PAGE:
Teacher helps keep children on track
CHICORA — Title 1 reading teacher Christine Spencer likes to compare her job to that of a doctor.
“We diagnose any issues that the kiddos are having with learning to read, and then we prescribe specific interventions, chart how they’re growing, the progress they’re making, and hopefully get them reading at grade level,” she said.
Spencer teaches at Chicora Elementary School in Karns City Area School District. She works with struggling readers from kindergarten to sixth grade.
For her, the payoff happens when a student has an epiphany.
“It’s most rewarding whenever you see that they get it, when the light just clicks. Or whenever they come to you saying, ‘I can’t read,’ ‘I can’t read’ and ‘I can’t read those words.’ ‘You’re asking me to read?’ And then they finally make it, and the smiles, just the surprise that they have on their face.”
Working with students at a variety of reading levels means allotting time for everyone to receive the help they need. That can prove a challenge, since a student with a slightly below-average reading level needs to succeed too, but requires less intensive focus than one with a lower reading level.
A factor that helps, she said, is the mutual support that describes the culture of the school district.
Our school district is very close-knit, she said.
“I know the kids by name. Every kid in the building, I can usually call them by at least their first name, if not their last. You get to work with the families. Everyone looks out for everyone. And we just want everyone to succeed.”
Staff arrive at Chicora Elementary shortly before students on a typical day to meet and develop lesson plans. At 8:25 a.m., Spencer’s first student group meets with her over breakfast. They hit the ground running, diving right into lessons while they eat.
Each session lasts a half-hour, with a new session starting with a different group as soon as the first leaves.
“It takes the teachers’ willingness to send their kids every day, because that’s a big part for them to remember to send their kids down to me to make an efficient system, where I don’t have to go pick up the kids and take them back,” Spencer said.
Sometimes specific children require tailored help, as part of an action plan Spencer coordinates with classroom teachers. Educators call this a “multitiered system of supports.”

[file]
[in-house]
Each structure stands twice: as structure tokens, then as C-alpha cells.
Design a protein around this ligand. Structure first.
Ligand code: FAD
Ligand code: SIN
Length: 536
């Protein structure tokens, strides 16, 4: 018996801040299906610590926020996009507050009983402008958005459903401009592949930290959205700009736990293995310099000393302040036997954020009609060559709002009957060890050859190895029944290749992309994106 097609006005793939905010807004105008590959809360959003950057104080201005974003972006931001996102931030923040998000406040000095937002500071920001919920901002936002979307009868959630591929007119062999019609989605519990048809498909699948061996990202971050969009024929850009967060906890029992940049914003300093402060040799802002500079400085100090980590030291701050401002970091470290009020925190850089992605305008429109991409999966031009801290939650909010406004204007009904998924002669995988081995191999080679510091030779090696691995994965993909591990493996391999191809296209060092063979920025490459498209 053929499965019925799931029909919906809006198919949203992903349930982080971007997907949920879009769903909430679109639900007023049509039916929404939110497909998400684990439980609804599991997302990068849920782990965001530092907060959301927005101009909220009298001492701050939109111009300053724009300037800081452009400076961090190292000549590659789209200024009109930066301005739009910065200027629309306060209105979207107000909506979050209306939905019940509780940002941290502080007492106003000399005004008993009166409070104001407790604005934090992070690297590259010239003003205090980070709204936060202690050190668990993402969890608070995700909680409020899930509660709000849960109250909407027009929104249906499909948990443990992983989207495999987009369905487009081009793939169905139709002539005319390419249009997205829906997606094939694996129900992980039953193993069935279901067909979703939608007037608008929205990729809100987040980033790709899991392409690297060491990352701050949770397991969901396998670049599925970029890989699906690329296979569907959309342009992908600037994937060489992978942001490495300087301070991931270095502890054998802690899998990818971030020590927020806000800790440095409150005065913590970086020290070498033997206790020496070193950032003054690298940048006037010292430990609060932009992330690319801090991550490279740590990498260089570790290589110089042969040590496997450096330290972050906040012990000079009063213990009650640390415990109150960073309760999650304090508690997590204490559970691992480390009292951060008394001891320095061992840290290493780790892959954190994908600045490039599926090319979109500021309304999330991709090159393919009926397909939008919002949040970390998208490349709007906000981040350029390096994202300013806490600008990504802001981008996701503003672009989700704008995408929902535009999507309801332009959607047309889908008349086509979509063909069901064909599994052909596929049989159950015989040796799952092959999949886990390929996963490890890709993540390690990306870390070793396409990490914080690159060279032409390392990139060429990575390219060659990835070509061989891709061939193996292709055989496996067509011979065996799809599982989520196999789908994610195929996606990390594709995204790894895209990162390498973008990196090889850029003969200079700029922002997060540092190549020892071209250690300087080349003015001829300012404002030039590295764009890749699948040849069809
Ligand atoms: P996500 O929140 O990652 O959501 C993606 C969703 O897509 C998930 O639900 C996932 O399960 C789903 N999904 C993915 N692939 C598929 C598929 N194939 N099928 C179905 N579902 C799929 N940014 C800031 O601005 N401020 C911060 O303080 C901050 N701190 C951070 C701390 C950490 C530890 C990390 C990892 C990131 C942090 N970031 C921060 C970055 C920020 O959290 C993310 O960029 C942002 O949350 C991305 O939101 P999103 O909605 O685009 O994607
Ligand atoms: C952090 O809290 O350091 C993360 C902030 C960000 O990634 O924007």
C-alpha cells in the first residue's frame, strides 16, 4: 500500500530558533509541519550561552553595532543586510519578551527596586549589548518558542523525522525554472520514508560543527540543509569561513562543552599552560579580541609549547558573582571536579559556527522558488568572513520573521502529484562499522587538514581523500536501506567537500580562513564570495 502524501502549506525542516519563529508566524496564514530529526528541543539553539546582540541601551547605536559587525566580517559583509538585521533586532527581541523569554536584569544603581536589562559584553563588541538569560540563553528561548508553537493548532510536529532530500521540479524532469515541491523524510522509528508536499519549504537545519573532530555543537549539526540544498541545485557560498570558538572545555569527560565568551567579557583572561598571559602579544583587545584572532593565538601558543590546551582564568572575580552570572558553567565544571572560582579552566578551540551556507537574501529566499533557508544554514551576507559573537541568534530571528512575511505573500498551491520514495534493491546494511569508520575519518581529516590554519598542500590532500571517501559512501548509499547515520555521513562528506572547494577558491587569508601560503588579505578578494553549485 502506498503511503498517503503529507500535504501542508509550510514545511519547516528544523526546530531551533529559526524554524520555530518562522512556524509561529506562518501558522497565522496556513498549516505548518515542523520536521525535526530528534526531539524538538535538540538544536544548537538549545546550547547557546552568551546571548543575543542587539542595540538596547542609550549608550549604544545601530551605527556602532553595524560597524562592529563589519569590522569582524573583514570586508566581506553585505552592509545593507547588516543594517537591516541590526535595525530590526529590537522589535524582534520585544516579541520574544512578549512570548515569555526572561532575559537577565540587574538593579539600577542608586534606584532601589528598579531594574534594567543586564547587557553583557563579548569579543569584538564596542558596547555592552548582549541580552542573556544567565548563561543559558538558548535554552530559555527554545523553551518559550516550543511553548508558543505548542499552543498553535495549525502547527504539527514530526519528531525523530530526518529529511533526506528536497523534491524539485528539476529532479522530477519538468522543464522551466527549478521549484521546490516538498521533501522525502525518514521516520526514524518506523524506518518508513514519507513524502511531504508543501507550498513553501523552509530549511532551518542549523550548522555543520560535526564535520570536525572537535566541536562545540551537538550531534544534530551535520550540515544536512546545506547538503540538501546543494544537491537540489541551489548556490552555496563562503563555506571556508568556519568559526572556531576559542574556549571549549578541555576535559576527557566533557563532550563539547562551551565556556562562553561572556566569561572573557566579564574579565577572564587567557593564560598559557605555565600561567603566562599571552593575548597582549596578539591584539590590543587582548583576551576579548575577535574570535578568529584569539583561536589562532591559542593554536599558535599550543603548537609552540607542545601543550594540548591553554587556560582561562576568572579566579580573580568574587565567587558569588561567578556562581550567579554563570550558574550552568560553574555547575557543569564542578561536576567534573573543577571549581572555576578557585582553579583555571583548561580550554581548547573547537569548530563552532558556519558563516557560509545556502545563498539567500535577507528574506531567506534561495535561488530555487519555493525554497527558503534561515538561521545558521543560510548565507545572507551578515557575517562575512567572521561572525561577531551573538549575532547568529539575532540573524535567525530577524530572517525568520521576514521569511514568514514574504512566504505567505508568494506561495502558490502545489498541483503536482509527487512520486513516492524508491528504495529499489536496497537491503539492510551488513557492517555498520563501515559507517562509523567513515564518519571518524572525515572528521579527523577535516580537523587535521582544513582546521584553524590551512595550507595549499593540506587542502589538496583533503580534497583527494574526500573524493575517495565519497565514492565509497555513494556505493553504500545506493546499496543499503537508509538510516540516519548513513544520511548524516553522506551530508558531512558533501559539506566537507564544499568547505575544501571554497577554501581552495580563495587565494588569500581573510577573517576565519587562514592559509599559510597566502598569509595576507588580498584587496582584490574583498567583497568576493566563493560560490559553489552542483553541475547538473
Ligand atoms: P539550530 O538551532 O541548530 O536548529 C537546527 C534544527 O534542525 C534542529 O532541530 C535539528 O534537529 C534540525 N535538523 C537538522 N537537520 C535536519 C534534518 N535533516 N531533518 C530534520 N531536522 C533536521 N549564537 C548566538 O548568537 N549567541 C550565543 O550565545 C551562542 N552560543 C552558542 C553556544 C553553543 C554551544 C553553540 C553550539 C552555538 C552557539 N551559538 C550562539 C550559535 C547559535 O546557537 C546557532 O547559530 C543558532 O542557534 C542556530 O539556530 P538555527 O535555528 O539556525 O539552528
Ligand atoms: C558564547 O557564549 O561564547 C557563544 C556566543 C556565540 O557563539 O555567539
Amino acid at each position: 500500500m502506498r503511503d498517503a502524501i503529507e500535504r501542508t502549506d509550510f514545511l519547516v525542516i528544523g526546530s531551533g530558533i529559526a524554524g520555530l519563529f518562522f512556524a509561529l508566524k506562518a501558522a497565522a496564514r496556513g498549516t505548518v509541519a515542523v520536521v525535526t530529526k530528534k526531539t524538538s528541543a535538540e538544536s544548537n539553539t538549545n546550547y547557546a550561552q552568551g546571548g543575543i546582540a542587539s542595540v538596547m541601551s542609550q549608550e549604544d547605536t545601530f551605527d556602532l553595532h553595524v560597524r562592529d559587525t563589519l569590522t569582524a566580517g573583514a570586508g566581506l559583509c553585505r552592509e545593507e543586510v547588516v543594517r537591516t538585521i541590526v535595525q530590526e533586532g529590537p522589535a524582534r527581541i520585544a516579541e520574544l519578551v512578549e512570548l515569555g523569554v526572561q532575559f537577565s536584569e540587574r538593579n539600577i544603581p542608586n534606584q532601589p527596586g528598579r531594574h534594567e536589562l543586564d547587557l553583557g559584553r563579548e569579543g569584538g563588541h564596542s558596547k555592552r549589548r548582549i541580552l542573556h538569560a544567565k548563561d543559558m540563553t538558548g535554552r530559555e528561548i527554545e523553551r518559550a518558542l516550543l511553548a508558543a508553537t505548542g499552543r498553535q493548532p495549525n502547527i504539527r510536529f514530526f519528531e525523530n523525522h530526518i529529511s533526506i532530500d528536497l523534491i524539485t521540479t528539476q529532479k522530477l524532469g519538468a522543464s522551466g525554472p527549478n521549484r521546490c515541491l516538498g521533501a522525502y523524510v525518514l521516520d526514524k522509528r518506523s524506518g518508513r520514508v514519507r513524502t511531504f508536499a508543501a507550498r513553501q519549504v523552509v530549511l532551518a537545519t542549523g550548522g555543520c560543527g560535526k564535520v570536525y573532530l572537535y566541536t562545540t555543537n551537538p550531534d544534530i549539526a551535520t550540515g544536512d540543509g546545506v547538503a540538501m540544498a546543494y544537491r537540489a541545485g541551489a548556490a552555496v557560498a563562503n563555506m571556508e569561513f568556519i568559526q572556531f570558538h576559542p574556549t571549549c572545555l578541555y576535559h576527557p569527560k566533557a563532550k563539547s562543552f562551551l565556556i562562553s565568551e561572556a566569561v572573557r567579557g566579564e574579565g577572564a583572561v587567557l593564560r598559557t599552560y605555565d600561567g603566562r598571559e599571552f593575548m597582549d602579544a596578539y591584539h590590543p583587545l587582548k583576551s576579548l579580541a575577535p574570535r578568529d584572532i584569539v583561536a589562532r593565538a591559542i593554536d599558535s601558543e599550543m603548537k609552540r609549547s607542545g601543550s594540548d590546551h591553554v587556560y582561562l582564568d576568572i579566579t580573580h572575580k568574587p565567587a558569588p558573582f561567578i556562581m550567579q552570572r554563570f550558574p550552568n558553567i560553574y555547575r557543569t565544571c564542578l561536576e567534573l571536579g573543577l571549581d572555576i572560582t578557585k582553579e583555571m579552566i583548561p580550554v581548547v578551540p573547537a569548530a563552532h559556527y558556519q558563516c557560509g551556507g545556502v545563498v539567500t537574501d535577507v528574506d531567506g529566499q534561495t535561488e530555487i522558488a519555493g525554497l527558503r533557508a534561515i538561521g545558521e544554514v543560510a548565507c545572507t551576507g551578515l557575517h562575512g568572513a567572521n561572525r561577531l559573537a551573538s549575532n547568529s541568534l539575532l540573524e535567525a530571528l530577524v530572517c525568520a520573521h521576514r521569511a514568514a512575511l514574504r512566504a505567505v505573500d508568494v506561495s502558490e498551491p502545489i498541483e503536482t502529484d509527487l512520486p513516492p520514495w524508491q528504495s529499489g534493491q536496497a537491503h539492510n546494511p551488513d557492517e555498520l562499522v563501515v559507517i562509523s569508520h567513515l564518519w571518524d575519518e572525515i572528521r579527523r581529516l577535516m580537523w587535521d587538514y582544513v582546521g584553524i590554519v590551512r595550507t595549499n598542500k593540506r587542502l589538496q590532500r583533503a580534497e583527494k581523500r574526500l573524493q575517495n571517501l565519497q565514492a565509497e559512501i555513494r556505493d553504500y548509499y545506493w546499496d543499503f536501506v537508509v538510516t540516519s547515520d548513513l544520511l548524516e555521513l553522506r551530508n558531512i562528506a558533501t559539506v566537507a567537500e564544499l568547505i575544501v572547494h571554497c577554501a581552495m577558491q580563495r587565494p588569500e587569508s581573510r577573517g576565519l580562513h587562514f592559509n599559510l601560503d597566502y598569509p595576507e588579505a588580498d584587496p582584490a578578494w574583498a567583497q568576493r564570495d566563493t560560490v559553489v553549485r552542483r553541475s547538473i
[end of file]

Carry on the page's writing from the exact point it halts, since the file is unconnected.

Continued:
“Students may be working with a speech teacher,” she said. “They may be working with a classroom teacher. They may be working with the reading specialist, a paraprofessional. We look at what each child needs and narrow that down and put them with the appropriate personnel to make sure all kids are succeeding.”
Solutions can mean working directly with a guidance counselor or can mean an enrichment activity
An enrichment activity is an experience where children can extend their learning to improve or enhance skills, knowledge and well-being. It can include the construction of creative media such as comic books, an idea Spencer developed when helping cover for a fifth-grade teacher in a different role.
“We utilized Google slides, where they designed their own comic books and wrote their books while I was working with students, giving them some intervention that they needed,” she said. “So it can be something as simple as reading a chapter book of their choice and then reporting out on it to the rest of the class or making a book blurb about it.”
Spencer has served students for 22 years. She started out in other districts as a kindergarten and substitute teacher, day-to-day roles that offered less of a chance to build connections with students.
She has worked as a reading specialist for 18 years at Karns City.
“I love my job,” she said. “It’s so rewarding. I couldn’t imagine doing anything else. I love seeing the kids progress every year, and a lot of my students I get to know from kindergarten on, because I get the chance to work with a lot of different kids throughout the day.
She looks forward to the future of her field and the promise that it holds to better serve her students too.
“There’s a lot of new research, medical research out that has definitely changed and gotten into my instruction over the past couple of years,” she said. “We’ve been able to implement some really good core programs in our classrooms, which leads to less referrals. Like for intervention, I’ve been working really hard with our administration to do that.”